Ian Marshall came at the end of a generation of English footballers reliant on their unrelenting physicality over any discernible technique or natural ability. The tall, physically imposing player got his break as centre back after injury precluded Derek Mountfield from the Everton line up in August 1985. After several outings with Kevin Ratcliffe, he returned to Central League football and found his opportunities further limited by the arrival of Dave Watson the following year.
Marshall, however, never saw himself as a centre back but a centre forward, yet was unable to convince Howard Kendall of his aptitude up front. After no more than cameo roles through Everton’s glory years, in March 1988 he joined Oldham Athletic for £100,000. At Boundary Park, an injury crisis gave him the stage he sorely craved and in a forward role he thrived. Under the watch of managers – such as Joe Royle and Leicester’s Martin O’Neill – reliant on the long ball game, Marshall excelled as a human battering ram, spearheading forward lines with bravery and brute strength. It may not have been sophisticated or pretty, but it was highly effective – particularly in the cut and thrust of the relegation or promotion battles he often found himself in.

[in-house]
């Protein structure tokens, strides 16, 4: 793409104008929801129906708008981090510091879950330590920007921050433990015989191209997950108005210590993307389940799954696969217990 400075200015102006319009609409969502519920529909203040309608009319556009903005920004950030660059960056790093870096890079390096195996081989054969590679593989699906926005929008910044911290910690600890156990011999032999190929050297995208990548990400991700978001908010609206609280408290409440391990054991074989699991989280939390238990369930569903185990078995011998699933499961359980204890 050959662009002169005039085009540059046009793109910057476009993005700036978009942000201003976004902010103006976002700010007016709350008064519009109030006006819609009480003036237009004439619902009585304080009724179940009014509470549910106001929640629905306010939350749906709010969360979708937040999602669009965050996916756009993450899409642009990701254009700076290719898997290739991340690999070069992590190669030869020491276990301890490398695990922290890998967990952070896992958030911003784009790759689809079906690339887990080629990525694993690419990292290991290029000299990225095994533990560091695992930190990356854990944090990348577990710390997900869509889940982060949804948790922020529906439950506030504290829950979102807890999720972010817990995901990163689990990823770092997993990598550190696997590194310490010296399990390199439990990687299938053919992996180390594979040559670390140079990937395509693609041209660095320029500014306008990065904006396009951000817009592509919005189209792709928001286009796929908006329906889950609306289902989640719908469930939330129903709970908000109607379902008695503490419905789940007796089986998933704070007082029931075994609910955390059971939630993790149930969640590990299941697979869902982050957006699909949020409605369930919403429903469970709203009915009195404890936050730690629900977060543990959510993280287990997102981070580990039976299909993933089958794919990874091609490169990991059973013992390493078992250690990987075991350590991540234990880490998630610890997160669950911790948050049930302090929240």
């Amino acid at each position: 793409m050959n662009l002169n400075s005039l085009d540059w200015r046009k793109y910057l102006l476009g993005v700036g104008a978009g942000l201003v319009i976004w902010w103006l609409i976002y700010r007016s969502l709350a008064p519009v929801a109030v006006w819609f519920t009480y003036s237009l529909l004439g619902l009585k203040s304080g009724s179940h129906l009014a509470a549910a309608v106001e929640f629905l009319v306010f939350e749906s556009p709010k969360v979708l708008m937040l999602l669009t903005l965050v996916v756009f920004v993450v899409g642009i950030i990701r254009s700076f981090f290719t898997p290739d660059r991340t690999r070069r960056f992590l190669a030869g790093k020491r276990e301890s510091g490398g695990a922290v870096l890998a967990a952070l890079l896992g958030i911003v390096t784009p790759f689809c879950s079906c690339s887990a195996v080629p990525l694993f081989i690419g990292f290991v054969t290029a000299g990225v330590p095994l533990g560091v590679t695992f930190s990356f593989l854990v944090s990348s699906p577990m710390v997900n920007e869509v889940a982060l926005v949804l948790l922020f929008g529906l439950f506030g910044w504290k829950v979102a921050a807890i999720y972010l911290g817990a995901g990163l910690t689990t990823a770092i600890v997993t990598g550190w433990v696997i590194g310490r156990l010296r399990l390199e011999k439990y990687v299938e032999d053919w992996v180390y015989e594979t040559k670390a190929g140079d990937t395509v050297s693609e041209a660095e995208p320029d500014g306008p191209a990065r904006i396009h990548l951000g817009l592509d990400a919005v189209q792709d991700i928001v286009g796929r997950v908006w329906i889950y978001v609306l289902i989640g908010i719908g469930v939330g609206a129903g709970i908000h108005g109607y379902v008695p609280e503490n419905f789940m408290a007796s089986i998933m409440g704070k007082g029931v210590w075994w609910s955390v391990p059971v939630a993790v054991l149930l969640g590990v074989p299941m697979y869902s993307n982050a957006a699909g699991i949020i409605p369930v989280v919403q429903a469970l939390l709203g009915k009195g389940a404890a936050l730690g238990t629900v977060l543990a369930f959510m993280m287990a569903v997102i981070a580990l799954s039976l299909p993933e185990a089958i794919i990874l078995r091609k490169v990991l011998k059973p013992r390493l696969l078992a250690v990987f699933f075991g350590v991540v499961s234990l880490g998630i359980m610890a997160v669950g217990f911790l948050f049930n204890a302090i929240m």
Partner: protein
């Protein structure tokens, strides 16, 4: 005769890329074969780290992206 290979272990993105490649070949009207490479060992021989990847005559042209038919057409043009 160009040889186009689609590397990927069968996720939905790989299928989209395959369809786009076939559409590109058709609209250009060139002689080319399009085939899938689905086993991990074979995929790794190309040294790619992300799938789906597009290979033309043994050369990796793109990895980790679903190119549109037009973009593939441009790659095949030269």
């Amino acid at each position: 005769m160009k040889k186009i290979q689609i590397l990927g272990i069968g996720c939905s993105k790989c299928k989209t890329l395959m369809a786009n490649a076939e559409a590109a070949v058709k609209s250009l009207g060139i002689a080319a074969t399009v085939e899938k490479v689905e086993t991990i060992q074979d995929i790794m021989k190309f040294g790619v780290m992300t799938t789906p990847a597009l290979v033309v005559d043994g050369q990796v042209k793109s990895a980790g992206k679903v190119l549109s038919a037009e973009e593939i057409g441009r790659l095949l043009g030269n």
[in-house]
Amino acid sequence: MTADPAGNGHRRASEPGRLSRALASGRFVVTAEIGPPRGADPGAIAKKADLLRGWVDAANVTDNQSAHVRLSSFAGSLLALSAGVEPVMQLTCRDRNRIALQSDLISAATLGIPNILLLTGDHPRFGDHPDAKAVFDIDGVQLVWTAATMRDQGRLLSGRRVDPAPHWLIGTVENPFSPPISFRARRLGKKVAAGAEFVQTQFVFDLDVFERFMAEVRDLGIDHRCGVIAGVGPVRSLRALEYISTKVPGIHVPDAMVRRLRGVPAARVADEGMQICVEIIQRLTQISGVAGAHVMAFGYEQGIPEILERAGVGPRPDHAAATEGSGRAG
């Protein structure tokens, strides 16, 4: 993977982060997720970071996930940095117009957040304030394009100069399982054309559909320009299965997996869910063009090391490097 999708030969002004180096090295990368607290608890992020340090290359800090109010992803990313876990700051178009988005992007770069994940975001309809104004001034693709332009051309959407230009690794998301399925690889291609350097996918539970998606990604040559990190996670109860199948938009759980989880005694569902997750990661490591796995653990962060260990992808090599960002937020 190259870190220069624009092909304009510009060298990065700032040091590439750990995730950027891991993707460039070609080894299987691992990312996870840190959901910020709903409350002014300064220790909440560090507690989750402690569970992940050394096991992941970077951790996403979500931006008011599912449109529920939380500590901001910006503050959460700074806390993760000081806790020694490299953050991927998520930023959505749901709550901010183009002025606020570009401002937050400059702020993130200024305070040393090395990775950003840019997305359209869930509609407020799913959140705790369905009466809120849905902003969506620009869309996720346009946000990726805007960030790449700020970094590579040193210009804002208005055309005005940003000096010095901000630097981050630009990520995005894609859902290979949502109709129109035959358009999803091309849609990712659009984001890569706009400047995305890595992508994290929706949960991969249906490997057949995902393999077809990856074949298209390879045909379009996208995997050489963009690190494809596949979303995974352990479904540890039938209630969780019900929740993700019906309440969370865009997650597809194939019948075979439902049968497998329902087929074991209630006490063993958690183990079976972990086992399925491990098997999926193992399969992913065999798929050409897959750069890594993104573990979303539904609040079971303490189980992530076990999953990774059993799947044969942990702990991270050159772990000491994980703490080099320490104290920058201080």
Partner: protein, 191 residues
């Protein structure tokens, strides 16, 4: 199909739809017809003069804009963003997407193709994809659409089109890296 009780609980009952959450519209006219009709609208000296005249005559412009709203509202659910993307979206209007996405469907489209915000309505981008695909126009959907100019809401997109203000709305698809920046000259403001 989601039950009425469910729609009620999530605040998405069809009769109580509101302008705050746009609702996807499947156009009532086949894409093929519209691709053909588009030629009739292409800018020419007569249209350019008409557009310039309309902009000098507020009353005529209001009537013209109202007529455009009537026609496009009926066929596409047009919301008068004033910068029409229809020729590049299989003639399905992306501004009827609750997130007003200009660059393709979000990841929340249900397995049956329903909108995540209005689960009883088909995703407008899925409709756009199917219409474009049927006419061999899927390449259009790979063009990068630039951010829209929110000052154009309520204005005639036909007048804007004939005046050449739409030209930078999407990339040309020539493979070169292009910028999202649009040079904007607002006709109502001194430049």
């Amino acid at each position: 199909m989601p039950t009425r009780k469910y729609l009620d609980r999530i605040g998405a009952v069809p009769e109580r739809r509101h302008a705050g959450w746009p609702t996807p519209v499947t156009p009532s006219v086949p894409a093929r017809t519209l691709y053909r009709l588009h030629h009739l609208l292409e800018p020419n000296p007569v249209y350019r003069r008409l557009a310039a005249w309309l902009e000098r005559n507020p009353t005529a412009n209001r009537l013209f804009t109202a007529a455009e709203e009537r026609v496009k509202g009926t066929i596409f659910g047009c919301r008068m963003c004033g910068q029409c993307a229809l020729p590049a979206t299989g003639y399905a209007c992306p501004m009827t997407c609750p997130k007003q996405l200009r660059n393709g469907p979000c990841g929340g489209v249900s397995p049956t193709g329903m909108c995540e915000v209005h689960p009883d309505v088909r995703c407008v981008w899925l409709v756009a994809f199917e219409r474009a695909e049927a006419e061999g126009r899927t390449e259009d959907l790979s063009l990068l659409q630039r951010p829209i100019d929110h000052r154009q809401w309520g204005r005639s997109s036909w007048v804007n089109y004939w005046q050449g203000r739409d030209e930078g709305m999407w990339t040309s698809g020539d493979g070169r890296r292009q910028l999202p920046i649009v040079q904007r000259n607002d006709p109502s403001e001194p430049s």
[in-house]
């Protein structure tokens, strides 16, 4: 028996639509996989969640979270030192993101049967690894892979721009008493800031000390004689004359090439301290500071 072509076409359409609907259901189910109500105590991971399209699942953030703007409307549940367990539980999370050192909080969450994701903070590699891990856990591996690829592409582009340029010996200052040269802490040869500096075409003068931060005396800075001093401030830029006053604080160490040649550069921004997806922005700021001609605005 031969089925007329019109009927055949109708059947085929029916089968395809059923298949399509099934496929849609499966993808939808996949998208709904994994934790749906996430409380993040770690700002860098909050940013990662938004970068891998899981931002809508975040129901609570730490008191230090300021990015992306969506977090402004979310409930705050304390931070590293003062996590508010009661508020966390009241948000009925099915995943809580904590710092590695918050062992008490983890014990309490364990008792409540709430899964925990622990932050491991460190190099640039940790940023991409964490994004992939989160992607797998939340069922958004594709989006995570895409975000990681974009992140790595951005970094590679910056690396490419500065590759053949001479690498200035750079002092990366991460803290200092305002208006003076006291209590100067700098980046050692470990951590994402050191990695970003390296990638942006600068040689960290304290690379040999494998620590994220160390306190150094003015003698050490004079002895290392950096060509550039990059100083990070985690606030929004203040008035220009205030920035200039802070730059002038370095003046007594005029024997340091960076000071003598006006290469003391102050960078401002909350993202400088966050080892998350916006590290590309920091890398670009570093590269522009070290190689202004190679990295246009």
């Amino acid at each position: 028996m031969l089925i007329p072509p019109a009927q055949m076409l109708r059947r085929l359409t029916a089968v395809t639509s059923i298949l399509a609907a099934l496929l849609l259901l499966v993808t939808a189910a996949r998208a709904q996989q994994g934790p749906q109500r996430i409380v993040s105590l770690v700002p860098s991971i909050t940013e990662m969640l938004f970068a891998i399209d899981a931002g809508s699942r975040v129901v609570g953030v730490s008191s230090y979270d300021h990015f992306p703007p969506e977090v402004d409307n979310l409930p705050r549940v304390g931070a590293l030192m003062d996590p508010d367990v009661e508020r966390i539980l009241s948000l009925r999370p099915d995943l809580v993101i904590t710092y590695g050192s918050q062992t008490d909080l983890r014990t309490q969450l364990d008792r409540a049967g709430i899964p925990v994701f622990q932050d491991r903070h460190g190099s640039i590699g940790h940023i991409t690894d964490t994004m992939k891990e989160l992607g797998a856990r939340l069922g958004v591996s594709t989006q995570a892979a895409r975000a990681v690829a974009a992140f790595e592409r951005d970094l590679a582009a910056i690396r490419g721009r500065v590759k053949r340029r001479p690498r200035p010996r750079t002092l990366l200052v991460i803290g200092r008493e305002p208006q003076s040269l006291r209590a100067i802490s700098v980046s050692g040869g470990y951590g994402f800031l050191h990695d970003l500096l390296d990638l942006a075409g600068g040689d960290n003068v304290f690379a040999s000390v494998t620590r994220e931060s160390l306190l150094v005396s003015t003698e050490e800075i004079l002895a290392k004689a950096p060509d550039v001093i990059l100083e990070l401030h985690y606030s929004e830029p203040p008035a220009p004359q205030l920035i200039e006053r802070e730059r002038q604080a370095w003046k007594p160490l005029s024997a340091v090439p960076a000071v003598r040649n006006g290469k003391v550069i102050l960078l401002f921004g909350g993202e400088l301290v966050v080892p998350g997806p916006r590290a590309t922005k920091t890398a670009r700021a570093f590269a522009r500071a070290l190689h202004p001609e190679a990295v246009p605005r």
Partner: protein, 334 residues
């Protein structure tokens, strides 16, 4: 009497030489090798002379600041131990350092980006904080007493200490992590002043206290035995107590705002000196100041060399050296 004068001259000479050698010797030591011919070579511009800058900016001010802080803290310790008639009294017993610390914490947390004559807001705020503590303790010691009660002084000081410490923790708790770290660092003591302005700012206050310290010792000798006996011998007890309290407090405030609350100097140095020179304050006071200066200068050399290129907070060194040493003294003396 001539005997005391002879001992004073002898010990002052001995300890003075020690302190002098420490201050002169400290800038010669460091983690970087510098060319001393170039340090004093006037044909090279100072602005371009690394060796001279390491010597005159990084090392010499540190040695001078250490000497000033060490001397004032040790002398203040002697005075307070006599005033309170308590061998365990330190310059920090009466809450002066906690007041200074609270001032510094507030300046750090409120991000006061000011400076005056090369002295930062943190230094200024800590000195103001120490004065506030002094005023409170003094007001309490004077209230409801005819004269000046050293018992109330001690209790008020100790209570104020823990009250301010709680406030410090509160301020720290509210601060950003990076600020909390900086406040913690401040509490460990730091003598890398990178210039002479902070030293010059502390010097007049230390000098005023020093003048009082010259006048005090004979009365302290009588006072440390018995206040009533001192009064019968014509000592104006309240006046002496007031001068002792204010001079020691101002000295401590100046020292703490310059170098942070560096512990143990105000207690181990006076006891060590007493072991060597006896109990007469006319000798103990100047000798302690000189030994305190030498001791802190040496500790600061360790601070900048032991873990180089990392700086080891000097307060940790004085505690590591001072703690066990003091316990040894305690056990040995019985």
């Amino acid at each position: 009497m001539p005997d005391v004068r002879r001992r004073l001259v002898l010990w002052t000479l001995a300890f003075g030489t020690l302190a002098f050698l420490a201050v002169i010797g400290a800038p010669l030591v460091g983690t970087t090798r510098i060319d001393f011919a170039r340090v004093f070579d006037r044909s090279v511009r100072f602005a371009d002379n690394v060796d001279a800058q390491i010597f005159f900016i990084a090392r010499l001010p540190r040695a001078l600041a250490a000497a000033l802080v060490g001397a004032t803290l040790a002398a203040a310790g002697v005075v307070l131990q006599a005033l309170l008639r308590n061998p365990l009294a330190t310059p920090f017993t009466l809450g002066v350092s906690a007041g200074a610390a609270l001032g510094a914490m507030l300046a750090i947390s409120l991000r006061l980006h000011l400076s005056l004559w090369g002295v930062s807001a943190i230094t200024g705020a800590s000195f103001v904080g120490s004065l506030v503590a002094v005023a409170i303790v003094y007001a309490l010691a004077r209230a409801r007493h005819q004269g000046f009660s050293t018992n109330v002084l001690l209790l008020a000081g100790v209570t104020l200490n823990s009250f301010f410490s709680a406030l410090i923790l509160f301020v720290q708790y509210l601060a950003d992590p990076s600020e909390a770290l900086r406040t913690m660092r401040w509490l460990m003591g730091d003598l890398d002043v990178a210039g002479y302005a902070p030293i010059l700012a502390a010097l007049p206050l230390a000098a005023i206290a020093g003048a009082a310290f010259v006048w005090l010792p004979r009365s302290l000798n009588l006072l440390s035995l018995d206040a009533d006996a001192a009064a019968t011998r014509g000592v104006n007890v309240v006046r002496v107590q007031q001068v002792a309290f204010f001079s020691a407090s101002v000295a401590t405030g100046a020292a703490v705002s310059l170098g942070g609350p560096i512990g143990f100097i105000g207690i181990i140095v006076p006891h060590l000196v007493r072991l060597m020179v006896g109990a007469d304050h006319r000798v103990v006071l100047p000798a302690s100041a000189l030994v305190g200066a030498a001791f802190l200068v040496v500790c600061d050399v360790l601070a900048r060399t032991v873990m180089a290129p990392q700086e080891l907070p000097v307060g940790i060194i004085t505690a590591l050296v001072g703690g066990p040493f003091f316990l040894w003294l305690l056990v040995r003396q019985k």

A top-flight player until his mid-thirties, in 2000 he won the League Cup with Leicester City and promotion back to the Premier League with Bolton a year later. A short spell with Blackpool followed before Marshall retired to Canada.